6Focus on the People in Your Market—Not Just Your Products

How can we learn to be great at something? A few generations ago, the answer might have been to read about the craft at the local library or apprentice under a recognized expert. In the Internet age, a simple web search or “Hey, Siri” can lead to a limitless spring of information and education—how-to videos, detailed blog posts, or even following business luminaries on social media. Consumers today are learning new languages online, sharing recipes on international cuisines, and even graduating from accredited universities, all from the comfort of their laptops, tablets, and mobile devices. This desire to realize our fullest potential as humans is, according to American psychologist Abraham Maslow, our highest motivation for psychological health once our most basic needs (such as physical survival, safety, and others) are met. Aiding in our efforts towards self-actualization is the abundance of educational content available online on quite literally any topic, whether professionally created, community/user generated, or otherwise.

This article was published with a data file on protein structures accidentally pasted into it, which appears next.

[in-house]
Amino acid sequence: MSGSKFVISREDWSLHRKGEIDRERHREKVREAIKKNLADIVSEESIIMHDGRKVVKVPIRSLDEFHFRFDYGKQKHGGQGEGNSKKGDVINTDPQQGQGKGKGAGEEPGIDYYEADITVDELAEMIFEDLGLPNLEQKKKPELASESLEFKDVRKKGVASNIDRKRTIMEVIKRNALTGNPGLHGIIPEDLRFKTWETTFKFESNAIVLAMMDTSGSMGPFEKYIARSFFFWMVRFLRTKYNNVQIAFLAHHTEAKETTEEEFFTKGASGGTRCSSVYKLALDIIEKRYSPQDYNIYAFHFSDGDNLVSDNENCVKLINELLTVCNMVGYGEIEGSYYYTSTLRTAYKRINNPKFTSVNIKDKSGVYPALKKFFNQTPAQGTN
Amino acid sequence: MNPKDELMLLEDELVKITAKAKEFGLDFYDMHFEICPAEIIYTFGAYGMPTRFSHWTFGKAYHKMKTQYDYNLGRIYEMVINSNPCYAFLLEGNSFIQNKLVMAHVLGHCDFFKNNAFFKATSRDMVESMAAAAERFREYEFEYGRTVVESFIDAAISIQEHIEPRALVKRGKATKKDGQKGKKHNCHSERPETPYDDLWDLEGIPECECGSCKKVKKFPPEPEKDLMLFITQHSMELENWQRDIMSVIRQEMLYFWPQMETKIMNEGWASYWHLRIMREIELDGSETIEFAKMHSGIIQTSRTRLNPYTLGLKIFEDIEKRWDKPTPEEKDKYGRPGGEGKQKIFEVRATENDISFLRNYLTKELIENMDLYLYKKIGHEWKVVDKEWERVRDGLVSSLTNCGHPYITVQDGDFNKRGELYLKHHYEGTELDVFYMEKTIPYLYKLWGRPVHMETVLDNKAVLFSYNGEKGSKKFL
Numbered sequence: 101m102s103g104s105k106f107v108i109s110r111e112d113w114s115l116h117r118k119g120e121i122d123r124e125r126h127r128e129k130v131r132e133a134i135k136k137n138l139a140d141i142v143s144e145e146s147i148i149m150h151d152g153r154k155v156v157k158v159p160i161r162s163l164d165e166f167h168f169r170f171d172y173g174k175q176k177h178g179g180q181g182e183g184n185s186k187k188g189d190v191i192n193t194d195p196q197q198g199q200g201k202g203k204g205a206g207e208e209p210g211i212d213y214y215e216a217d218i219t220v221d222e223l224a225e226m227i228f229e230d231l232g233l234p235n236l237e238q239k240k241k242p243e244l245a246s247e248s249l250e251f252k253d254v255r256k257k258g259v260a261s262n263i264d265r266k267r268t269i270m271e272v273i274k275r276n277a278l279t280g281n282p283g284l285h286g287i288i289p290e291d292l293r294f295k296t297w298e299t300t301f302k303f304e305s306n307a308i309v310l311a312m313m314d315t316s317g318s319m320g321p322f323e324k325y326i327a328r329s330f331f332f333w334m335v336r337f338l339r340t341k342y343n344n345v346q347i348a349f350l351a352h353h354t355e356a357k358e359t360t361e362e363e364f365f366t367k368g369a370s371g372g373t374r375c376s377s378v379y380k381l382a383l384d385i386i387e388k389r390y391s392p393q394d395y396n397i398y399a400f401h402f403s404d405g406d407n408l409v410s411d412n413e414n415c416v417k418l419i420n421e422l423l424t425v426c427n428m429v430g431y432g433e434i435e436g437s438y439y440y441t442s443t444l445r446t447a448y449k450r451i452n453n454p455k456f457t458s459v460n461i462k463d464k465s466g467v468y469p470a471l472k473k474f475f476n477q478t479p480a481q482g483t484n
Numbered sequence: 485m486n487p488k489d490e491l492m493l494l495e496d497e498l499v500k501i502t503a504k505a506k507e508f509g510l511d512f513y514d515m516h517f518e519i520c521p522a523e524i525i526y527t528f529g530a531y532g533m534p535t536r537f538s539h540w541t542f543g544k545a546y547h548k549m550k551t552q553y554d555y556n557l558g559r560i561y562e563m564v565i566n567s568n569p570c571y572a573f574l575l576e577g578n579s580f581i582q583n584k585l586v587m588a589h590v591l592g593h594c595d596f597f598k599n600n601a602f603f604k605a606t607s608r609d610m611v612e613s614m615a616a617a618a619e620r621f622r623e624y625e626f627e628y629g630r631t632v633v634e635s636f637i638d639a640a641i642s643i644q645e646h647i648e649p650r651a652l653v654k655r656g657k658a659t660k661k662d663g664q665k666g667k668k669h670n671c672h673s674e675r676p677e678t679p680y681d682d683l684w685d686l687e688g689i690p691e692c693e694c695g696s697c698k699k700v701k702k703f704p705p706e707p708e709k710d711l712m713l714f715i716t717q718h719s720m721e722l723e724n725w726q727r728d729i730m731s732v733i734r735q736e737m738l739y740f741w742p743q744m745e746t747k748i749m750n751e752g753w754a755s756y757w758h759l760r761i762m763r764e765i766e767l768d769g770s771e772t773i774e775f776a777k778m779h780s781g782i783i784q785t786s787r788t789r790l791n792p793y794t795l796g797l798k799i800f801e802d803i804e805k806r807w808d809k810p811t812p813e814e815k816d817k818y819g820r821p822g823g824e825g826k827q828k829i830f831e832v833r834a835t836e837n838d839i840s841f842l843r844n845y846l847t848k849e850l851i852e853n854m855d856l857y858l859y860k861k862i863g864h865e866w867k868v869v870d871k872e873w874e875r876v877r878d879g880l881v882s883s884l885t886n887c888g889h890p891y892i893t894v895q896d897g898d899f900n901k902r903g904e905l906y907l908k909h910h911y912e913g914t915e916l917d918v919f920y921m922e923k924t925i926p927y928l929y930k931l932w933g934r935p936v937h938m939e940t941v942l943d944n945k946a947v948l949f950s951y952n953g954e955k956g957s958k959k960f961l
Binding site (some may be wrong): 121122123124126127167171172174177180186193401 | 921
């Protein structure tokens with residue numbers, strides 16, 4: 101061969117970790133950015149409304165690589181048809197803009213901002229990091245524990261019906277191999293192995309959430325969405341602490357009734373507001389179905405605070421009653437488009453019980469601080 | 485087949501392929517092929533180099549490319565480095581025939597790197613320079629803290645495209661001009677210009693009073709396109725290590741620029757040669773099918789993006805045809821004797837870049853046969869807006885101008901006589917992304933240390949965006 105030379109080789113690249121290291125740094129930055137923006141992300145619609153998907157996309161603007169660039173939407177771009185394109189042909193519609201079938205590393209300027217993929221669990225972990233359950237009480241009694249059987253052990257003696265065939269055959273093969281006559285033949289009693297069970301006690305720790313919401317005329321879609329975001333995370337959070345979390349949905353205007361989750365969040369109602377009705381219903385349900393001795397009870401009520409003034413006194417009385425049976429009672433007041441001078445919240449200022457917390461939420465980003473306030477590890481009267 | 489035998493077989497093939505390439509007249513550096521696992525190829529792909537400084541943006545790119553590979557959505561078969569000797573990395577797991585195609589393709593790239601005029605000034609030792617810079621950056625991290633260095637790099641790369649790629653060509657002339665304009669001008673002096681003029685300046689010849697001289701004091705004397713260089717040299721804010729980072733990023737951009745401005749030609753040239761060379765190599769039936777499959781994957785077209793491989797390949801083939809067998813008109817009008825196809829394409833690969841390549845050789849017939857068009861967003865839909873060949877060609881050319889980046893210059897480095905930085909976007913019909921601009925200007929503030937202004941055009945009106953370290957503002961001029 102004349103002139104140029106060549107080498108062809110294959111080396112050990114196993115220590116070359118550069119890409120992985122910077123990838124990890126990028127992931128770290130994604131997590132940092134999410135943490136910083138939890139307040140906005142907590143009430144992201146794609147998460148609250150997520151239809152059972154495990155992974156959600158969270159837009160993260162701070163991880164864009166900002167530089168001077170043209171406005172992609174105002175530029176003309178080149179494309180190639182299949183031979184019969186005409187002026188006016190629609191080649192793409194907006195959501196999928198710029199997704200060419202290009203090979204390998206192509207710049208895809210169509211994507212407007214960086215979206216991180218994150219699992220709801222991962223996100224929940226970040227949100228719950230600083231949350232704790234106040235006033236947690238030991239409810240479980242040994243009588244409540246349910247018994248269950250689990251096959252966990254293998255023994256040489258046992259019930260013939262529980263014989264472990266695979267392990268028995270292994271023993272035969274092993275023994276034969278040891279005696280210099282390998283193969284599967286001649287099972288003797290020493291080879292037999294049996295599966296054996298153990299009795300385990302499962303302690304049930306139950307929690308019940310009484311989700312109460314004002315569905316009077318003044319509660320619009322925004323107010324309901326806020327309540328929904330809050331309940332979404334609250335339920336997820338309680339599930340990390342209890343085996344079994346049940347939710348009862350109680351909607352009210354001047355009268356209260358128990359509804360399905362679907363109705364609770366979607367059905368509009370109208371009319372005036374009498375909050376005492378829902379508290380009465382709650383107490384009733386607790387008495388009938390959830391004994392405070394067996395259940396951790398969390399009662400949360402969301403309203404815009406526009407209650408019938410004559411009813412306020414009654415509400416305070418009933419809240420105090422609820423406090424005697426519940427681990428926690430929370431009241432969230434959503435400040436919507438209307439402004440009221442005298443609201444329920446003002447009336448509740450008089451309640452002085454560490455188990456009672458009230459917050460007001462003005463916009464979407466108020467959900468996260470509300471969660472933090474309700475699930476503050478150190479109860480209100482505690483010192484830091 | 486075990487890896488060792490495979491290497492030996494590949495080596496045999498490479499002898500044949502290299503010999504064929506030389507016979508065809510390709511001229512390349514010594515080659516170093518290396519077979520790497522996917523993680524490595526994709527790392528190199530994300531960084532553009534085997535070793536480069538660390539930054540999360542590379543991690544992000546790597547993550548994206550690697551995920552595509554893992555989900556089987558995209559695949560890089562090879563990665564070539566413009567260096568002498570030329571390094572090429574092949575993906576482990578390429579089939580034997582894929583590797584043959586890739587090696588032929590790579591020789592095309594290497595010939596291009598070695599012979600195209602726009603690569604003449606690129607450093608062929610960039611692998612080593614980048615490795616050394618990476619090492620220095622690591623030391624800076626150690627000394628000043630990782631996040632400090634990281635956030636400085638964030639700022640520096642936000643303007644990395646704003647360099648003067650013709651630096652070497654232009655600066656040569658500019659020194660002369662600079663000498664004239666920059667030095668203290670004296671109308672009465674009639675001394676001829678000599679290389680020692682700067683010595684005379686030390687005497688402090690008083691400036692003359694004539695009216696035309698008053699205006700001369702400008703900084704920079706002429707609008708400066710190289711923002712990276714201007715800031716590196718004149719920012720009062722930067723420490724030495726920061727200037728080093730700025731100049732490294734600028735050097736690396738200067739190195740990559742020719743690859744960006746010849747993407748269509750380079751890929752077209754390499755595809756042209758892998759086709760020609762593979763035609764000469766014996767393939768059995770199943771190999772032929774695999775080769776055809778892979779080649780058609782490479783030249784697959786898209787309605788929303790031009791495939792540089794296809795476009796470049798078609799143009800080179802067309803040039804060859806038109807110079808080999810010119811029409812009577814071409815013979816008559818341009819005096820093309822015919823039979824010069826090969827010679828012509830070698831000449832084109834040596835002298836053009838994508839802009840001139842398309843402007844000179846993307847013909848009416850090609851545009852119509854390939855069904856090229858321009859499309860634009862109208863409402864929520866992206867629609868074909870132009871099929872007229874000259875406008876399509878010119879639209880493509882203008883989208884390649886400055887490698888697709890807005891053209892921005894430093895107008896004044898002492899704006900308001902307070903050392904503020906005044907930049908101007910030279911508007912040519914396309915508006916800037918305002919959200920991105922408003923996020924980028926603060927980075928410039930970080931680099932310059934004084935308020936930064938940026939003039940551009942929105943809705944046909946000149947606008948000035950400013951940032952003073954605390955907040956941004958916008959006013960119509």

As we discussed in Chapter Two, category creation is in and of itself a subset of B2H marketing—a belief that behind every logo that companies are trying to market and sell to is a human, somewhere on Maslow’s pyramid and hierarchy of needs (see Figure 6.1 as a reference). Unique to category creation is the realization that no company in the world is paying attention to that particular human ...

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